How Online Learning Can Save Your Professional Learning Business Time and Money

Emily McLaughlin
Aug 28, 2017 11:18:00 AM

When we ask our professional services or professional learning clients who do in-person training about their pain points before implementing online learning technology, the common answer is, "Our executives and customers could be spending their time better." In-person training requires teachers and learners to travel to a certain geographical locations—using valuable time and money to get there—and with the advances in online learning technology, now the experience can often mimic (or be superior to) that of an in-person one.

Oftentimes, the instructors leading professional services and professional learning courses are upper-level management or executives within the organization. Why? Well, those are the individuals who have mastered their craft and the skill sets the organization is teaching. Learners could be executives, upper-management, or entry-level employees. Regardless, of rank, an employees' time is valuable.

One Thought Industries client, Newton Institute, is focused on equipping leaders with the education and tools they need "to make a transformational difference in the world by first making a difference in their world." Before launching their online program, Newton Institute first offered their learning in-person only to upper-level management. The course ran for six months and learners met one time per month in a specific geographical location. This in-person course required Newton Institutes' executives and upper-level management professionals to travel—something that was both expensive and time-consuming.

According to Josh Newton, Senior Training Consultant and Technical Marketing Manager at Newton Institute, “Time is the most valuable thing for these upper management professionals. Being away from the company was the most significant investment they were making.”

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In-person events also require your organization to do a good amount of logistical planning outside of developing the curriculum—an already daunting task. In some cases, this planning lands on the shoulders of executives.

Freeing up Executive Time with Online Learning

To free up time for executives and subject-matter experts -- and learners, too—many organizations are investing in online learning. Investing in an online learning technology that allows your organization to upload current learning content and create dynamic learning experiences will benefit all parties involved. Instead of traveling to a location, learners can access course content on their desktop, laptop, mobile phone, and tablet from where they are. Executives can film videos and create presentations once, then upload that content to an online learning platform to distribute to different groups of learners.

Giving learners and educators the freedom to access learning on their time, from their geographical location, significantly improves the learning experience. Plus, if your organization chooses a SaaS technology provider with sophisticated integrations—client management, reporting, monetization, site building tools, course authoring—little maintenance and third-party account management is required.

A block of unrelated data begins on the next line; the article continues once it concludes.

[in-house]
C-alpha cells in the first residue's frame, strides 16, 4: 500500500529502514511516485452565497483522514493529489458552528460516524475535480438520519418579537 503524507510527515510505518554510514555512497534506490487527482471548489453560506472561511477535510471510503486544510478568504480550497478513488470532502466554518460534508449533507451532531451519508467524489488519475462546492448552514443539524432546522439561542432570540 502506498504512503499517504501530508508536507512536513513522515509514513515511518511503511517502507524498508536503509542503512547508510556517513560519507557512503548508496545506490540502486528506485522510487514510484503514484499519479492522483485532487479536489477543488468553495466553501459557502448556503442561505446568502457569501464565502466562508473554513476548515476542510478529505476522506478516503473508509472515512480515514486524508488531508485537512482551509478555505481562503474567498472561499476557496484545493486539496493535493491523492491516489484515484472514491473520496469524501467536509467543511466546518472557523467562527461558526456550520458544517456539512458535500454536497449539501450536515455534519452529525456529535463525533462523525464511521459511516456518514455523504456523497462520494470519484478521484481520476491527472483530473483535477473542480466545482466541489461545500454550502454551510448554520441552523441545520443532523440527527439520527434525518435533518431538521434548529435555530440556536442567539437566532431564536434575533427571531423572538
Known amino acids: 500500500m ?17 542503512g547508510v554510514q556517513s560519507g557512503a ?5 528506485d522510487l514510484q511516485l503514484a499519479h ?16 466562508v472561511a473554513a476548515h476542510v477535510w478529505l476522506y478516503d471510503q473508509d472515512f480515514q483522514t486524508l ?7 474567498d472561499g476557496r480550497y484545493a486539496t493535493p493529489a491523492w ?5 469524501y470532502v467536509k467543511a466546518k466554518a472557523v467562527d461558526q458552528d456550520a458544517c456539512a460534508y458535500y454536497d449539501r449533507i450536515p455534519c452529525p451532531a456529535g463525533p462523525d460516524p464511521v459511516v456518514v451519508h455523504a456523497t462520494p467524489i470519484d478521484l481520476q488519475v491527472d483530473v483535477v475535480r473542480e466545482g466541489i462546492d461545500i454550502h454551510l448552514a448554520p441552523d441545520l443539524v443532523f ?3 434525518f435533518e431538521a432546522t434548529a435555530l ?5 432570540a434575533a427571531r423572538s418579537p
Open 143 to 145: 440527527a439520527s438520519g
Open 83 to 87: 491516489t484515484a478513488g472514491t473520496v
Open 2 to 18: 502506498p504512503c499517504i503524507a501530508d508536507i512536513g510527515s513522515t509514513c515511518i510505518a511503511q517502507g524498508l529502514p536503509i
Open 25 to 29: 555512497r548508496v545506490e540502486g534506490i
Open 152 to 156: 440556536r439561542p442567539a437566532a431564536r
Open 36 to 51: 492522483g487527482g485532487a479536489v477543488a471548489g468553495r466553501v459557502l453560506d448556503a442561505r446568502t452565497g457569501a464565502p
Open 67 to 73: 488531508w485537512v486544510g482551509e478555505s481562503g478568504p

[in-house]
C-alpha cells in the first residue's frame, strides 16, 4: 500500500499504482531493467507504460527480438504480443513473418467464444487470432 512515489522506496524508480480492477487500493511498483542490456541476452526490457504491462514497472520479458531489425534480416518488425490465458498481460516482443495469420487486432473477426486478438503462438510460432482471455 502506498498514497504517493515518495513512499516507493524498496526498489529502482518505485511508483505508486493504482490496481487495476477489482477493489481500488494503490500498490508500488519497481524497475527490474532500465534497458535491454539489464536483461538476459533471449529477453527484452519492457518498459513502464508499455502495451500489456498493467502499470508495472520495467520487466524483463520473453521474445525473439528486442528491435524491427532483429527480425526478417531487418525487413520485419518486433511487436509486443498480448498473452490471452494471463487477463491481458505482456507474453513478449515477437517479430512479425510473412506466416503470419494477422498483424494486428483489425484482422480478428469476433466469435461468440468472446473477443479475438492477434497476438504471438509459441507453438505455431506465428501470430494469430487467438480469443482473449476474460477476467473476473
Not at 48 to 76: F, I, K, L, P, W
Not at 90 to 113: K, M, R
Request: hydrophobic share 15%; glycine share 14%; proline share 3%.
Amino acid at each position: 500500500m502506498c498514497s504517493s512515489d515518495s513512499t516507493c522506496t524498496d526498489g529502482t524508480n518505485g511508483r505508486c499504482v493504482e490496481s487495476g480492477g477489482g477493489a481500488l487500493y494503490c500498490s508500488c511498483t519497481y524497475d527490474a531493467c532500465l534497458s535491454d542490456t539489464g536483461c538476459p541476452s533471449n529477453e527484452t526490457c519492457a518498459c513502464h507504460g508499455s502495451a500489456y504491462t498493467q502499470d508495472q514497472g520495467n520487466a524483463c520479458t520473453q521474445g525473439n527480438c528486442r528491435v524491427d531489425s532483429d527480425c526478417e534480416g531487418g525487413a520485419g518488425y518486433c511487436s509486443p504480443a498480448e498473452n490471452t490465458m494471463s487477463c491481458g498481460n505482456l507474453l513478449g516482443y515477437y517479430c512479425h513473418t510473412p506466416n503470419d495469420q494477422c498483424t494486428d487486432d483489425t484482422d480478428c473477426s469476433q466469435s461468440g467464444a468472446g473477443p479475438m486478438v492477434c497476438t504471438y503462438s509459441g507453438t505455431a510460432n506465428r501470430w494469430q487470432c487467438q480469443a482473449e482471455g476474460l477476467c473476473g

For professional learning and services providers, here are some additional benefits associated with moving learning experiences online.

Professional Learning

Skills and behavior online training offered by professional learning organizations can be easily updated without reinventing the wheel each time. This is important because as technology, workplaces, and industries evolve, so will skill requirements for professionals. Many online learning offerings allow you to copy courses, add lessons to existing courses, or upload new documentation as needed. A SaaS online learning technology offering might also allow you make updates courses or customize the learning experience for each client using white labeling and branding features.

Professional Services

Professional services organizations are focussed on training learners in specific fields—lawyers, marketing professionals, financial advisors, consultants, etc. Online learning technology allows your organization to again, like the professional learning example, customize the learning experience for each client. Using licensing and distribution features, your organization can offer the same learning experience to different clients in their own white-labeled experience. Instead of traveling to five different law firms to educate learners, your organization can build one online course (or multiple courses) and distribute to those firms. If those firms don't want to be educated in the same experience with lawyers outside of their firm, your organization could copy, brand, and distribute the courses to each firm individually to provide a dedicated environment. The lawyers at those firms would experience the learning with their colleagues. On the back end, online learning technology allows you to manage each client and learning experience in one place.

There are endless ways in which online learning can improve professional oriented learning businesses. Freeing up time for executives at these organizations allows those execs to spend more time on their jobs and less time updating learning materials, traveling to teach, and organizing event logistics. In the research phase of your online learning initiative, ask important questions about how the technology will improve the experience for educators and learners.

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